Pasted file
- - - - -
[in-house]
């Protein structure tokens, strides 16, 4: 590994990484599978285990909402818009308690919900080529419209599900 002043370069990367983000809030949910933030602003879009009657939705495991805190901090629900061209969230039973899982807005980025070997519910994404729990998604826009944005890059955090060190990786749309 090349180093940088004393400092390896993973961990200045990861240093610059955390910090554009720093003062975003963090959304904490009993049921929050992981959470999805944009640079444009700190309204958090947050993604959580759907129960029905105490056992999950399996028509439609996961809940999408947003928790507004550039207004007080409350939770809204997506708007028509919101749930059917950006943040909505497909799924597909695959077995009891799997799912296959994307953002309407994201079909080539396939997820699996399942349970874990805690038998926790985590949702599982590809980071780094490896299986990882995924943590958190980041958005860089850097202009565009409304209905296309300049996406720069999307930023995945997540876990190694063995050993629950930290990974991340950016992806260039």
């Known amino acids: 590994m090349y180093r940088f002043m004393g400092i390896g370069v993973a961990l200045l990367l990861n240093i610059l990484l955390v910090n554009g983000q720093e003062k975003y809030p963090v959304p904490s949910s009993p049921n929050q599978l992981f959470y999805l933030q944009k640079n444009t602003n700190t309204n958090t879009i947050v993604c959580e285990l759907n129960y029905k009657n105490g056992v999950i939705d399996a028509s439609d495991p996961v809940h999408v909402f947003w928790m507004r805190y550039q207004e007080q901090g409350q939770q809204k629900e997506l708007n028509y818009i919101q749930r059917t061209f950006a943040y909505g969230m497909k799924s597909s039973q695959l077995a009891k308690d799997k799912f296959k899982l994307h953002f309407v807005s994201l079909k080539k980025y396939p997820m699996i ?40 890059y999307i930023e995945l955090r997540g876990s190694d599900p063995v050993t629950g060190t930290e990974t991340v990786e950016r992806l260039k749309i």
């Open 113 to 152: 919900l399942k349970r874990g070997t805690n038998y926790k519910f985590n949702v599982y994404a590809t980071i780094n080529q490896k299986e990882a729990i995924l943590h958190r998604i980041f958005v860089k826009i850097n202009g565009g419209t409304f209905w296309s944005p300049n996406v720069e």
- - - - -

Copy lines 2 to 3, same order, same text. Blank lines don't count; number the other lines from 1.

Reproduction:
């Protein structure tokens, strides 16, 4: 590994990484599978285990909402818009308690919900080529419209599900 002043370069990367983000809030949910933030602003879009009657939705495991805190901090629900061209969230039973899982807005980025070997519910994404729990998604826009944005890059955090060190990786749309 090349180093940088004393400092390896993973961990200045990861240093610059955390910090554009720093003062975003963090959304904490009993049921929050992981959470999805944009640079444009700190309204958090947050993604959580759907129960029905105490056992999950399996028509439609996961809940999408947003928790507004550039207004007080409350939770809204997506708007028509919101749930059917950006943040909505497909799924597909695959077995009891799997799912296959994307953002309407994201079909080539396939997820699996399942349970874990805690038998926790985590949702599982590809980071780094490896299986990882995924943590958190980041958005860089850097202009565009409304209905296309300049996406720069999307930023995945997540876990190694063995050993629950930290990974991340950016992806260039």
């Known amino acids: 590994m090349y180093r940088f002043m004393g400092i390896g370069v993973a961990l200045l990367l990861n240093i610059l990484l955390v910090n554009g983000q720093e003062k975003y809030p963090v959304p904490s949910s009993p049921n929050q599978l992981f959470y999805l933030q944009k640079n444009t602003n700190t309204n958090t879009i947050v993604c959580e285990l759907n129960y029905k009657n105490g056992v999950i939705d399996a028509s439609d495991p996961v809940h999408v909402f947003w928790m507004r805190y550039q207004e007080q901090g409350q939770q809204k629900e997506l708007n028509y818009i919101q749930r059917t061209f950006a943040y909505g969230m497909k799924s597909s039973q695959l077995a009891k308690d799997k799912f296959k899982l994307h953002f309407v807005s994201l079909k080539k980025y396939p997820m699996i ?40 890059y999307i930023e995945l955090r997540g876990s190694d599900p063995v050993t629950g060190t930290e990974t991340v990786e950016r992806l260039k749309i």